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Benefits and Limitations of Break-Even

Analysis |Financial Management


by Smriti Chand Financial Management

Some of the major benefits and limitations of break-even analysis in


financial management are as follows:
Break-even analysis is a very important and useful tool of financial management
and control. The simplicity of these charts is one of their great values.
As they are easy to understand, they constitute a helpful mechanism for showing
the top management the problems inherent in cost-volume- profit relationships.
They are extremely useful in planning devices.
Benefits:
The following are the benefits out of break-even analysis:
1. Make or buy decision:
The C-V-P analysis assists in making a choice between two courses of action to
make versus to buy. If the variable cost is less than the price that has to be paid to
an outside supplier, it may be better to manufacture than to buy.
2. Production planning;
The C-V-P analysis helps in planning the production of items giving maximum
contribution towards profit and fixed costs.
3. Cost control:
As a cost control device, the C-V-P analysis can be used to detect insidious
upward creep of costs that might otherwise go unnoticed.
4. Financial structure:
Break-even analysis provides an understanding of the behaviour of profits in
relation to output. This understanding is significant in planning the financial
structure of a company.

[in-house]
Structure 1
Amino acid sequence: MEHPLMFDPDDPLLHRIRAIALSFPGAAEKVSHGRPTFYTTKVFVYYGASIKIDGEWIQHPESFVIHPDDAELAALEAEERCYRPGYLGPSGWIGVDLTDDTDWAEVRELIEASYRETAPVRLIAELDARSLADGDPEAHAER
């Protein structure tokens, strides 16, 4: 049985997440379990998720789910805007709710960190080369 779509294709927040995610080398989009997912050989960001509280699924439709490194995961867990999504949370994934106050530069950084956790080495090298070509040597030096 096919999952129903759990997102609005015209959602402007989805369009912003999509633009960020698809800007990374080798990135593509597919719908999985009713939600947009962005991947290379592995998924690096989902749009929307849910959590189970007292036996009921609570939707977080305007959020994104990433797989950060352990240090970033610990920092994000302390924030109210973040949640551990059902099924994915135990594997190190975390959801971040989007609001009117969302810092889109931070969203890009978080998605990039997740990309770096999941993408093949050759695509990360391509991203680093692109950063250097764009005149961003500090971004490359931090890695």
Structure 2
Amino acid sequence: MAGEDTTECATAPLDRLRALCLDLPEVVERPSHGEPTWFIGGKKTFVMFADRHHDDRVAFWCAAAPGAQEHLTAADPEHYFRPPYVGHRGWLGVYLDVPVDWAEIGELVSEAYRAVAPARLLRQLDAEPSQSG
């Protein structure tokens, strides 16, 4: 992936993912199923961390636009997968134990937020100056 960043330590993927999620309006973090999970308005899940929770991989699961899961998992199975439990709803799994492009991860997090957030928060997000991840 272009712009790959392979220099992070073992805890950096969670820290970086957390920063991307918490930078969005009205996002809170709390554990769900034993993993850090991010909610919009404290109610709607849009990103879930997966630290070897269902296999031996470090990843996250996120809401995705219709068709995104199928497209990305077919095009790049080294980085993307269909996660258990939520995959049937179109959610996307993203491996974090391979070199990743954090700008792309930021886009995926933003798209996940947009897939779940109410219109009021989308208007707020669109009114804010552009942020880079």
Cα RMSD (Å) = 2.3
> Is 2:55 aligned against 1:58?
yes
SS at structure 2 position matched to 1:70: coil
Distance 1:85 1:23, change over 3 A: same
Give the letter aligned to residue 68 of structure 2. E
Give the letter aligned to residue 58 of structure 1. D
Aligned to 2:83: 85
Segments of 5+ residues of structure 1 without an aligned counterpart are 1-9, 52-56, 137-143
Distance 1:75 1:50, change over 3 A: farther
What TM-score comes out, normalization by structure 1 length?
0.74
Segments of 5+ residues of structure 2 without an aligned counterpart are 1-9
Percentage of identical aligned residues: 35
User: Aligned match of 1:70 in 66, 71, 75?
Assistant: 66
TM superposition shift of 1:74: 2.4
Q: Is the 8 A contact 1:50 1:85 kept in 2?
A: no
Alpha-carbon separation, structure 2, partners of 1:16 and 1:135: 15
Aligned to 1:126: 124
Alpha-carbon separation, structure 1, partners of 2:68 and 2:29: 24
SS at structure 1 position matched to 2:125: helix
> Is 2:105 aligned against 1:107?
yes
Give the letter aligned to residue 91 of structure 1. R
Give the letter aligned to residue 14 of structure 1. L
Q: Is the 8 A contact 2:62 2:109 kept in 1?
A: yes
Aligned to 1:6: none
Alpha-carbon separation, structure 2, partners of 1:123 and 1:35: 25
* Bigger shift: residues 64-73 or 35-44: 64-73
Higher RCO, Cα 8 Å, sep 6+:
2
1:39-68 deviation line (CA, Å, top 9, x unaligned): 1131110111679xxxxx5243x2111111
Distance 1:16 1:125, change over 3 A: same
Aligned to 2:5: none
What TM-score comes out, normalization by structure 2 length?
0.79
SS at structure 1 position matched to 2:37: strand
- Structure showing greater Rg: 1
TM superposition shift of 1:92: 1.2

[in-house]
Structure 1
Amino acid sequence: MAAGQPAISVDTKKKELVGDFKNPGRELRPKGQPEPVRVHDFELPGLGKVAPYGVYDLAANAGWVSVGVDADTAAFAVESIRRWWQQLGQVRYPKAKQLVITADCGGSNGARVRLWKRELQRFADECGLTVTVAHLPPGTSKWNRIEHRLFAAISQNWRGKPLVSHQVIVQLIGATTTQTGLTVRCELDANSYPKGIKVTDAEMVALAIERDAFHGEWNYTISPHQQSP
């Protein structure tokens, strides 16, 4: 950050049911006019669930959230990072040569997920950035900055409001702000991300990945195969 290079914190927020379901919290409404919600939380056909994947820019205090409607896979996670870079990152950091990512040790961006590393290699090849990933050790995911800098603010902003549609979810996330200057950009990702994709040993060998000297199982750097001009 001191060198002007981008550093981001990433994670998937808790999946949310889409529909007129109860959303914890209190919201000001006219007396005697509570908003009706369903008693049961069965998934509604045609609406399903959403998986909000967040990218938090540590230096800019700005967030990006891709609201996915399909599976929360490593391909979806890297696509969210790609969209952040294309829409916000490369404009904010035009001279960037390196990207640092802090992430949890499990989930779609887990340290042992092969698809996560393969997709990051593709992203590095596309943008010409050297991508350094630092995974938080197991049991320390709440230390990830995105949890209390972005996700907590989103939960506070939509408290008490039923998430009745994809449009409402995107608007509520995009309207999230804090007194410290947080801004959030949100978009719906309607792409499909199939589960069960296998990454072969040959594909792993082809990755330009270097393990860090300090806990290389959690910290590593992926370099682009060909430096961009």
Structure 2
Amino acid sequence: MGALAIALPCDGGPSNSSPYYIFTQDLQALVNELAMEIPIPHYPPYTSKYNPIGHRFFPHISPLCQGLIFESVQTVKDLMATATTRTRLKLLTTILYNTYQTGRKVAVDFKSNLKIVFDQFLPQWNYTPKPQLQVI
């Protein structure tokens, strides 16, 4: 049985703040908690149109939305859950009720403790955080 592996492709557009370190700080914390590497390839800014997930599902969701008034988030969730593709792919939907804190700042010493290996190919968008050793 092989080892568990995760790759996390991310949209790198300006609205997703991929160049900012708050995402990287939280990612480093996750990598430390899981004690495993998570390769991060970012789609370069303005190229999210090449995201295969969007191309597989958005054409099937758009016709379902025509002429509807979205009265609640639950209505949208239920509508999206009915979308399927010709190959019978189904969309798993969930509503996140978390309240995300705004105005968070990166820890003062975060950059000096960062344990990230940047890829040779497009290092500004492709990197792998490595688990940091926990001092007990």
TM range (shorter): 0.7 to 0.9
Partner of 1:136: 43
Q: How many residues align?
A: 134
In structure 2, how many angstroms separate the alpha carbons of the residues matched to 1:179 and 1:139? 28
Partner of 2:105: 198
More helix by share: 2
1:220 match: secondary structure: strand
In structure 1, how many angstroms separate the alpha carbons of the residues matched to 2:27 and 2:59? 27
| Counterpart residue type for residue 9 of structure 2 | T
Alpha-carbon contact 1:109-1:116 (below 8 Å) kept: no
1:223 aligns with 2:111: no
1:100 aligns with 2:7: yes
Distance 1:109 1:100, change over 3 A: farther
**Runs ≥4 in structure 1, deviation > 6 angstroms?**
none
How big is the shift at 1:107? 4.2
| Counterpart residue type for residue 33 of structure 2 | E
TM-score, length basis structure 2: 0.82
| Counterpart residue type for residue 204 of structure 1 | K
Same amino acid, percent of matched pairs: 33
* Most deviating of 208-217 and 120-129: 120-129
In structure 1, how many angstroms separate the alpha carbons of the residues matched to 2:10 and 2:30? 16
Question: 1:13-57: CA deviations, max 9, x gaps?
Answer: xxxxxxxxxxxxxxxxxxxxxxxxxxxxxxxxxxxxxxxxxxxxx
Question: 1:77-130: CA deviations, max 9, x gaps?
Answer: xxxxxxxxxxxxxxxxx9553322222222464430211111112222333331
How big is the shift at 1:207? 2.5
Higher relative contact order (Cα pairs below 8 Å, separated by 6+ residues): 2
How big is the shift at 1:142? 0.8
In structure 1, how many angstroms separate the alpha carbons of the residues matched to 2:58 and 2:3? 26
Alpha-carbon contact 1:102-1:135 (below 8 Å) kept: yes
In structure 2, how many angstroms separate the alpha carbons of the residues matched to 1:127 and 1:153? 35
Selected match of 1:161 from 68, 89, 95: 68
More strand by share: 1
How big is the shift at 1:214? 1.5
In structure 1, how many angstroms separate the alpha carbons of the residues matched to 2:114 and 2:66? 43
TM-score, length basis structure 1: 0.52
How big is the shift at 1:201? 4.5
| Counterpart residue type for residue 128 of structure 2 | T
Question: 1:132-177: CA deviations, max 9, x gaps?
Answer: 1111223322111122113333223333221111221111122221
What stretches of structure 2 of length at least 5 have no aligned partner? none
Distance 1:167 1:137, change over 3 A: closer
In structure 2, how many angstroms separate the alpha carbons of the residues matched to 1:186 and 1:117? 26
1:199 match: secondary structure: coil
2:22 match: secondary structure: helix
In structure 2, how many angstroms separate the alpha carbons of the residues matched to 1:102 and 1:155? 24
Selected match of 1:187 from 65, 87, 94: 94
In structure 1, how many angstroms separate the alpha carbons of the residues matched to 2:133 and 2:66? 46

5. Conditions of uncertainty:
When some reasonable basis for subjective extrapolation is available, the breakeven analysis provides the financial management with information helpful in its
decision-making activities.

Limitations:
The following limitations of break-even analysis have to be kept in
mind while making use of this tool:
1. Many costs and their components do not fall into neatly compartmentalized
fixed or variable cost categories as they possess the characteristics of both types.
2. If company sells several products, the financial manager has to prepare and
evaluate a number of profit-graphs covering integrated segments of independent
activities.
3. A break-even chart represents a short-run static relationship of costs and
output and become obsolete very quickly.
4. The relations indicated in the break-even chart do not help for all levels of
operations. Costs tend to be higher than shown on the static break-even chart
when the plants operation approaches 100 percent of its capacity.
5. The frequent changes happening in the selling price of the product affect the
reliability of the break even analysis.
6. The cost of securing funds to expand is disregarded in break-even chart.
In spite of the above mentioned limitations, the breakeven analysis has high place
in financial management.